Accordingly, we developed a concept we called "performance anatomy" as a unique way to approach the core and common business elements related to culture, leadership and the workforce. We identified five core "winning mindsets" at the heart of a high-performance anatomy - essential skills that determine how and how well an organization approaches tasks critical to the execution of its strategy.

We came to believe that performance anatomy embodies a company's unique approach to managing those elements common to every business, and is therefore crucial to long-term effectiveness, the quality and speed of decision making, and the mastery of change and innovation. As a result, we have made a special effort to understand the concept through a series of in-depth case studies that, to date, have explored the performance anatomies of four high performers: Harrah's Entertainment, Constellation Energy Group, Marriott International and, in this issue, UPS.

These four case studies illustrate how high-performance businesses acquire winning mindsets and drive them into action and business improvement, and reveal how the executives at these companies created and diffused the mindsets by word and deed. The case studies also explore the specific practices that arose from the mindsets, and they connect those practices to business results - outcomes that, in a virtuous cycle, reinforced the mindsets that began the process.

For further reading . . .

Unless otherwise noted, the following articles have all appeared in Outlook journal and are available online and as PDFs at www.accenture.com/Outlook.

Industry Studies Reports

  • Automotive: "Life the Fast Lane," by John E. Cunningham, Umar Riaz and Eric J. Johnson (October 2004)
  • Consumer Packaged Goods: "Cleaning Up," by John Jackson, Susan S. Mann and John Zealley (October 2005)
  • Energy: "Big Thinkers," by John Downie, Curt J. Howes and Julie Adams (February 2005)
  • Retail Hypermarkets: "Consuming Passions," by Susan S. Mann, Jeffrey R. Smith and Olivier Trouv -ΓΏ (June 2005)
  • Utilities: "Power Plays," by Omar Abbosh, James C. Hendrickson and Etienne Deffarges (June 2004)
    CEO interviews

High Performance in the Public Sector

Functional Capabilities Mastery

  • Customer Relationship Management "The Best and Rest," by John G. Freeland, Stephen Dull and Paul F. Nunes (October 2004)

Finance and Performance Management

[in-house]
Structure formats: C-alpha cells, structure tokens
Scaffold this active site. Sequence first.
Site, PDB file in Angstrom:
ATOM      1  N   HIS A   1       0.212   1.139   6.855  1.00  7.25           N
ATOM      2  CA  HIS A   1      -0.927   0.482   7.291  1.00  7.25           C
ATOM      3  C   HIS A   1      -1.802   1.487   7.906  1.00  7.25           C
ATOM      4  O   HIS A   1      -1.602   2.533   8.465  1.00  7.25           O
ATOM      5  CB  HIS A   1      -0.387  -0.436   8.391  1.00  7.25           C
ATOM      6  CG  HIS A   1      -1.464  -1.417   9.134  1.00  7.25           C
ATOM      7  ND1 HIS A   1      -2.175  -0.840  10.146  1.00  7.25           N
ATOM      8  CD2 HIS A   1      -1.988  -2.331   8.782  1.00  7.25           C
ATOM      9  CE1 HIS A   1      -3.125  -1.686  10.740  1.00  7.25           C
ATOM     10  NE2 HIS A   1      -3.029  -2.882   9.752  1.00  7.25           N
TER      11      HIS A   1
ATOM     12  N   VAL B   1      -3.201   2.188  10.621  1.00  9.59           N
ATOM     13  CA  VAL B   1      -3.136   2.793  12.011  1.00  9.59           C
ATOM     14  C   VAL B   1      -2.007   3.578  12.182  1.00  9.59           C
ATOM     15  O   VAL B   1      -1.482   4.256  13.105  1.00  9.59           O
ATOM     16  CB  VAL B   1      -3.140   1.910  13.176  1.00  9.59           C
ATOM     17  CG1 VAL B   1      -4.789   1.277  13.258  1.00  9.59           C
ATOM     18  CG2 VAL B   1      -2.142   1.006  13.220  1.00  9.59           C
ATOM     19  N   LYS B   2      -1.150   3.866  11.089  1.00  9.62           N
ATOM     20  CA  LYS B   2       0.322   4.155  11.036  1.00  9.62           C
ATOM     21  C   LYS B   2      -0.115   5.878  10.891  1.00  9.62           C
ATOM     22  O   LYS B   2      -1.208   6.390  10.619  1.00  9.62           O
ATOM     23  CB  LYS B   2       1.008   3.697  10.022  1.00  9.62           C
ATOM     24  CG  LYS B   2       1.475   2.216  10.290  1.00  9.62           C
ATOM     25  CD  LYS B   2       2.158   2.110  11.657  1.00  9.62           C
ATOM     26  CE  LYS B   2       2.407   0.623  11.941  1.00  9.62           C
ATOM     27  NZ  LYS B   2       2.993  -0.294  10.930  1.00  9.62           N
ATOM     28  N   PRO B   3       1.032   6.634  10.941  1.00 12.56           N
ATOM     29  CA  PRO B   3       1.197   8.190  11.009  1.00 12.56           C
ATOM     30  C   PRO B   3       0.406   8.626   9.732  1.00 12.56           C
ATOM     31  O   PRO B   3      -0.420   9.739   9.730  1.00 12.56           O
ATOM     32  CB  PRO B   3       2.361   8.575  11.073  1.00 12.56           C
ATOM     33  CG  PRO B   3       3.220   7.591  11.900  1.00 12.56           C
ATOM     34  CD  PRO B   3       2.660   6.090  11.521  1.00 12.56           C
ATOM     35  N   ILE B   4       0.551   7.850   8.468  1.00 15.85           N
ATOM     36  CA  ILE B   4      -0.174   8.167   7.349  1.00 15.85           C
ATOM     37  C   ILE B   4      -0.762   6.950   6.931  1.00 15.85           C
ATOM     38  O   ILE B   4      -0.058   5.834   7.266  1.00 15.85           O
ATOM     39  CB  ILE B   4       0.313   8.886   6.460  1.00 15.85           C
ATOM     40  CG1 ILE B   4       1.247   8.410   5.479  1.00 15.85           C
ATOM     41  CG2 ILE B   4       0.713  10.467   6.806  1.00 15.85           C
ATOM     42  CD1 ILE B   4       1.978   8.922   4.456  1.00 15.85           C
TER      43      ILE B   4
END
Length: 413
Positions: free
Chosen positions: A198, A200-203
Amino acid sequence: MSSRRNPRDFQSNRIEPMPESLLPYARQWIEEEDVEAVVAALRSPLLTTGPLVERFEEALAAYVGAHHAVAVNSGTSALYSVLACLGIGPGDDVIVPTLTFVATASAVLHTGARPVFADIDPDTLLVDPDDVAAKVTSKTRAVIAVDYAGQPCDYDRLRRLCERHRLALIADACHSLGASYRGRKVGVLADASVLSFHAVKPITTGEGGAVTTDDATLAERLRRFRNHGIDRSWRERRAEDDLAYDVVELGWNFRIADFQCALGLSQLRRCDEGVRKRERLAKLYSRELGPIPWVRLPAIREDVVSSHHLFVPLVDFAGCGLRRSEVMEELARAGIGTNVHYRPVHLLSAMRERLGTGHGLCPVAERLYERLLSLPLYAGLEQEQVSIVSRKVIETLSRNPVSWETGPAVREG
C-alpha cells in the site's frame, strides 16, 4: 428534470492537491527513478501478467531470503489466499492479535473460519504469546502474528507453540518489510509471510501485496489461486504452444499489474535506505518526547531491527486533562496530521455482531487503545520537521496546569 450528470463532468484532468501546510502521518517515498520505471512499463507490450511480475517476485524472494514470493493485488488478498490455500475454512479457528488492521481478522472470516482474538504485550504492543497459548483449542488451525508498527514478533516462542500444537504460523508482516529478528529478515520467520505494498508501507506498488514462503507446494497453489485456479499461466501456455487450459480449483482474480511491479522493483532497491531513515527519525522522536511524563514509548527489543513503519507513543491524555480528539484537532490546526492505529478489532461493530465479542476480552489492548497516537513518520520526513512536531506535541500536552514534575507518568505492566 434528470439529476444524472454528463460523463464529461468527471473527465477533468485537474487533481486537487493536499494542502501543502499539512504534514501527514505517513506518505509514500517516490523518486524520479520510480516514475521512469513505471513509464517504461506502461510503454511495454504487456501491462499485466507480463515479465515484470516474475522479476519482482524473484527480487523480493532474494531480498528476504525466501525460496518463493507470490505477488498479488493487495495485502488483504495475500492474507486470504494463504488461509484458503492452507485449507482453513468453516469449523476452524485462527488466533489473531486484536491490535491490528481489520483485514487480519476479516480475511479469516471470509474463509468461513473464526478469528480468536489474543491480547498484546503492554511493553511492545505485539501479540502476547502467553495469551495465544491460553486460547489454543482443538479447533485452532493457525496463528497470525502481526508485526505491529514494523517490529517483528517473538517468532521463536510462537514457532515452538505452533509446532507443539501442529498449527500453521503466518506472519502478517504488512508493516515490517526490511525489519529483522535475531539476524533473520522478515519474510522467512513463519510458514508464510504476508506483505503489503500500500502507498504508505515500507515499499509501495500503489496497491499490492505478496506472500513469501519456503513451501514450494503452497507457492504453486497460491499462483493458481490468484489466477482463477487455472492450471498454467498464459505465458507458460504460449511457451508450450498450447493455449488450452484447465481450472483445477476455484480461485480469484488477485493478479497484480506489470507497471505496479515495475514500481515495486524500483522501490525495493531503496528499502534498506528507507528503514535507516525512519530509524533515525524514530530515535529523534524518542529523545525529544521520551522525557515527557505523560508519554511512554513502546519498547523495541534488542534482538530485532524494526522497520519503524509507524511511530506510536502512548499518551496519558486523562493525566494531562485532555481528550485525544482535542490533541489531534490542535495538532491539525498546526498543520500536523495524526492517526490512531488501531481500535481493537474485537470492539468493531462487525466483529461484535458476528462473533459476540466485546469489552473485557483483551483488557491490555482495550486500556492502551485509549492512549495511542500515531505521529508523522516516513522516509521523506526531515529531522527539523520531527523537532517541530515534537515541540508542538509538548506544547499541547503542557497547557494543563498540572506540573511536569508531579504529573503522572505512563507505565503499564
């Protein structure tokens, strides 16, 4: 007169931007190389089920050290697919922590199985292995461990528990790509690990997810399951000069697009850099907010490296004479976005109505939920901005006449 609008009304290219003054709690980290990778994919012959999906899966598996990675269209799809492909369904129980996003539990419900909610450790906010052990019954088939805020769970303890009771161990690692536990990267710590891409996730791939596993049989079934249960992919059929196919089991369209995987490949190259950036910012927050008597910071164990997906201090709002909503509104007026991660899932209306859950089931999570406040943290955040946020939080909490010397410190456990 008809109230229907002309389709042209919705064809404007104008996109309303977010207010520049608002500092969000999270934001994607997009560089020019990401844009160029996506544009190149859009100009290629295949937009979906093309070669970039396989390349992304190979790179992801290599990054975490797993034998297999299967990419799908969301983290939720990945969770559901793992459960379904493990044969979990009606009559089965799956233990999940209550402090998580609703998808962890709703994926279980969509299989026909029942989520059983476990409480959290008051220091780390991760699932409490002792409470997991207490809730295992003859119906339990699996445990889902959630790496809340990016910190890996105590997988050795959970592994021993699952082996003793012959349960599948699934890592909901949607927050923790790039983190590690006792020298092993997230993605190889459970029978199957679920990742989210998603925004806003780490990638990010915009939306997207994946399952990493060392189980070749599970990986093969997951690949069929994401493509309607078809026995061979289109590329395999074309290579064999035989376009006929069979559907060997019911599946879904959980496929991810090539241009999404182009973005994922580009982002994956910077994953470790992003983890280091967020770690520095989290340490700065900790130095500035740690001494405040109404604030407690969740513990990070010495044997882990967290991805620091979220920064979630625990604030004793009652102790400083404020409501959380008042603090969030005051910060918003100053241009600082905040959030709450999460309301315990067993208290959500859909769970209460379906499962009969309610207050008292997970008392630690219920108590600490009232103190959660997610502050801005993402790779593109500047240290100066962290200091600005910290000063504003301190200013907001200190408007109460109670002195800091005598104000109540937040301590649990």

• "Future Value: The $7 Trillion Challenge," by John J. Ballow, Robert J. Thomas and G - ran Roos (February 2004)

Human Performance

Information Technology

Outsourcing

Supply Chain Management

Building Blocks of High Performance

Market Focus and Position

Distinctive Capabilities

  • "Innovation Unbound, by John Engel, Anita M. Thompson, Paul F. Nunes and Jane C. Linder(January 2006)

Performance Anatomy

Performance Anatomy Case Studies

  • Constellation Energy: "A Star is Born," by Robert J. Thomas and Walter E. Shill (January 2006)

[1] Julia Kirby, "Toward a Theory of High Performance," Harvard Business Review, July-August 2005.

Tim Breene is Accenture's group chief executive of the Management Consulting capability group and the company's chief strategy officer. He is also a member of the company's Executive Leadership Team, and he chairs Accenture's Innovation Council. Since joining Accenture in 1995, Mr. Breene has held a number of senior positions, including managing partner of Accenture Strategic Services and managing partner of the company's global service lines. Mr. Breene is based in Wellesley, Massachusetts.

Outlook Senior Contributing Editor
Paul F. Nunes is an executive research fellow at the Accenture Institute for High Performance Business in Wellesley, Massachusetts, where he directs studies of business and marketing strategy. His work has regularly appeared in Harvard Business Review and other publications. His most recent book is Mass Affluence: Seven New Rules of Marketing to Today's Consumers (Harvard Business School Press, 2004).

Accenture is a global management consulting, technology services and outsourcing company. Combining unparalleled experience, comprehensive capabilities across all industries and business functions, and extensive research on the world's most successful companies, Accenture collaborates with clients to help them become high-performance businesses and governments.